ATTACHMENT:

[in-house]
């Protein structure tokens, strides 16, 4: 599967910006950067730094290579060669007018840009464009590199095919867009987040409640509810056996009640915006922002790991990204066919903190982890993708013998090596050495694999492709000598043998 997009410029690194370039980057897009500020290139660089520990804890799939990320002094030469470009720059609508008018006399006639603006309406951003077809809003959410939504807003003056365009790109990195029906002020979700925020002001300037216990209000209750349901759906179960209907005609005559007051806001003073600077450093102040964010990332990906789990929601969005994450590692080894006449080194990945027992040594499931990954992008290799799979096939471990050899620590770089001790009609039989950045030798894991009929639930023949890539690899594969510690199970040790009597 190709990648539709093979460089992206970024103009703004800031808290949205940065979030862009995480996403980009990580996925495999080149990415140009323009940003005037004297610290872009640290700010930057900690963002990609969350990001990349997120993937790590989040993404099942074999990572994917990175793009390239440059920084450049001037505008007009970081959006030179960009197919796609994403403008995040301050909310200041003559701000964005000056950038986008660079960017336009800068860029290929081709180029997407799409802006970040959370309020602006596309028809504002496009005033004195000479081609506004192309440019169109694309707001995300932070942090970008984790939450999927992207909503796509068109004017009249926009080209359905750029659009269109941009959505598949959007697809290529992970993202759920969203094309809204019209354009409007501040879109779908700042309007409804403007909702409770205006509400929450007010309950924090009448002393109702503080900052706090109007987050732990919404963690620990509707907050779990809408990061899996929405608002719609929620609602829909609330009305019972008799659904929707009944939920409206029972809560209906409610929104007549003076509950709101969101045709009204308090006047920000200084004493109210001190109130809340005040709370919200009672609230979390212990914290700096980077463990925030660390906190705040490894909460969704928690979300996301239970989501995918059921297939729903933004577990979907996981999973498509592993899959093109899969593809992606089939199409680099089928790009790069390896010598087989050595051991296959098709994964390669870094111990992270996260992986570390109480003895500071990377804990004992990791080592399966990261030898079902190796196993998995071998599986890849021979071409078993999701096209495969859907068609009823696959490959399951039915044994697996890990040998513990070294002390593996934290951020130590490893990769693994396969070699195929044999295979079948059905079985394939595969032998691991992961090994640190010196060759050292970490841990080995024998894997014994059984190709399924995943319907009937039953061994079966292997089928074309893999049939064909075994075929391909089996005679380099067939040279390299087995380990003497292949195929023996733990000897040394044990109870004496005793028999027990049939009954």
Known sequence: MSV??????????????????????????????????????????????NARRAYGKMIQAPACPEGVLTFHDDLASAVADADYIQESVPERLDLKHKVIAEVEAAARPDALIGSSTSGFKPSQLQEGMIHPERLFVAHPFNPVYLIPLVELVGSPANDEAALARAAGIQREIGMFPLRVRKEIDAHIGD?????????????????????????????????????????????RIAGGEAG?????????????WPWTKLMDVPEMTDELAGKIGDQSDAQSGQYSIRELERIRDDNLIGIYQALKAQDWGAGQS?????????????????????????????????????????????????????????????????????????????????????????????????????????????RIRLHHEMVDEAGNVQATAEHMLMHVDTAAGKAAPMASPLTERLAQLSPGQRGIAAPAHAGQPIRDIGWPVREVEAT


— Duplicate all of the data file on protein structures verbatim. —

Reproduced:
[in-house]
């Protein structure tokens, strides 16, 4: 599967910006950067730094290579060669007018840009464009590199095919867009987040409640509810056996009640915006922002790991990204066919903190982890993708013998090596050495694999492709000598043998 997009410029690194370039980057897009500020290139660089520990804890799939990320002094030469470009720059609508008018006399006639603006309406951003077809809003959410939504807003003056365009790109990195029906002020979700925020002001300037216990209000209750349901759906179960209907005609005559007051806001003073600077450093102040964010990332990906789990929601969005994450590692080894006449080194990945027992040594499931990954992008290799799979096939471990050899620590770089001790009609039989950045030798894991009929639930023949890539690899594969510690199970040790009597 190709990648539709093979460089992206970024103009703004800031808290949205940065979030862009995480996403980009990580996925495999080149990415140009323009940003005037004297610290872009640290700010930057900690963002990609969350990001990349997120993937790590989040993404099942074999990572994917990175793009390239440059920084450049001037505008007009970081959006030179960009197919796609994403403008995040301050909310200041003559701000964005000056950038986008660079960017336009800068860029290929081709180029997407799409802006970040959370309020602006596309028809504002496009005033004195000479081609506004192309440019169109694309707001995300932070942090970008984790939450999927992207909503796509068109004017009249926009080209359905750029659009269109941009959505598949959007697809290529992970993202759920969203094309809204019209354009409007501040879109779908700042309007409804403007909702409770205006509400929450007010309950924090009448002393109702503080900052706090109007987050732990919404963690620990509707907050779990809408990061899996929405608002719609929620609602829909609330009305019972008799659904929707009944939920409206029972809560209906409610929104007549003076509950709101969101045709009204308090006047920000200084004493109210001190109130809340005040709370919200009672609230979390212990914290700096980077463990925030660390906190705040490894909460969704928690979300996301239970989501995918059921297939729903933004577990979907996981999973498509592993899959093109899969593809992606089939199409680099089928790009790069390896010598087989050595051991296959098709994964390669870094111990992270996260992986570390109480003895500071990377804990004992990791080592399966990261030898079902190796196993998995071998599986890849021979071409078993999701096209495969859907068609009823696959490959399951039915044994697996890990040998513990070294002390593996934290951020130590490893990769693994396969070699195929044999295979079948059905079985394939595969032998691991992961090994640190010196060759050292970490841990080995024998894997014994059984190709399924995943319907009937039953061994079966292997089928074309893999049939064909075994075929391909089996005679380099067939040279390299087995380990003497292949195929023996733990000897040394044990109870004496005793028999027990049939009954």
Known sequence: MSV??????????????????????????????????????????????NARRAYGKMIQAPACPEGVLTFHDDLASAVADADYIQESVPERLDLKHKVIAEVEAAARPDALIGSSTSGFKPSQLQEGMIHPERLFVAHPFNPVYLIPLVELVGSPANDEAALARAAGIQREIGMFPLRVRKEIDAHIGD?????????????????????????????????????????????RIAGGEAG?????????????WPWTKLMDVPEMTDELAGKIGDQSDAQSGQYSIRELERIRDDNLIGIYQALKAQDWGAGQS?????????????????????????????????????????????????????????????????????????????????????????????????????????????RIRLHHEMVDEAGNVQATAEHMLMHVDTAAGKAAPMASPLTERLAQLSPGQRGIAAPAHAGQPIRDIGWPVREVEAT